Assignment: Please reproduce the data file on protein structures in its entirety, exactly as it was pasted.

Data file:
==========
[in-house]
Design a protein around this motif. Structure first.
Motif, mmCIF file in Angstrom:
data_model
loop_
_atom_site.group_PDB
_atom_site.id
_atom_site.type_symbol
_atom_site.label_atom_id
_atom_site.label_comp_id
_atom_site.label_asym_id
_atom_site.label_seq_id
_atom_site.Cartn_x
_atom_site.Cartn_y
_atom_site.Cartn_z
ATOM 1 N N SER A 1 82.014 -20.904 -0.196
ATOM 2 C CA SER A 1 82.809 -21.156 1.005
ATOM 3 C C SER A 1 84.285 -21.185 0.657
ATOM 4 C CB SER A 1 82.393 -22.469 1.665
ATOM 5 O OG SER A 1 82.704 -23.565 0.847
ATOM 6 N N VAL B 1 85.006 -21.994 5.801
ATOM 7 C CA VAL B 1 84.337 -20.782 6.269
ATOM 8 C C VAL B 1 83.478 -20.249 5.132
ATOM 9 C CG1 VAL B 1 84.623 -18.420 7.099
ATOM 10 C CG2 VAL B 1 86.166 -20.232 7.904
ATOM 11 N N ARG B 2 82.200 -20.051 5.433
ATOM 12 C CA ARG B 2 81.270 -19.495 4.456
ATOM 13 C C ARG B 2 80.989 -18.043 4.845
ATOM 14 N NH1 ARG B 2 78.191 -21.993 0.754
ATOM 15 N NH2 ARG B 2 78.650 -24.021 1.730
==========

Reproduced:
[in-house]
Design a protein around this motif. Structure first.
Motif, mmCIF file in Angstrom:
data_model
loop_
_atom_site.group_PDB
_atom_site.id
_atom_site.type_symbol
_atom_site.label_atom_id
_atom_site.label_comp_id
_atom_site.label_asym_id
_atom_site.label_seq_id
_atom_site.Cartn_x
_atom_site.Cartn_y
_atom_site.Cartn_z
ATOM 1 N N SER A 1 82.014 -20.904 -0.196
ATOM 2 C CA SER A 1 82.809 -21.156 1.005
ATOM 3 C C SER A 1 84.285 -21.185 0.657
ATOM 4 C CB SER A 1 82.393 -22.469 1.665
ATOM 5 O OG SER A 1 82.704 -23.565 0.847
ATOM 6 N N VAL B 1 85.006 -21.994 5.801
ATOM 7 C CA VAL B 1 84.337 -20.782 6.269
ATOM 8 C C VAL B 1 83.478 -20.249 5.132
ATOM 9 C CG1 VAL B 1 84.623 -18.420 7.099
ATOM 10 C CG2 VAL B 1 86.166 -20.232 7.904
ATOM 11 N N ARG B 2 82.200 -20.051 5.433
ATOM 12 C CA ARG B 2 81.270 -19.495 4.456
ATOM 13 C C ARG B 2 80.989 -18.043 4.845
ATOM 14 N NH1 ARG B 2 78.191 -21.993 0.754
ATOM 15 N NH2 ARG B 2 78.650 -24.021 1.730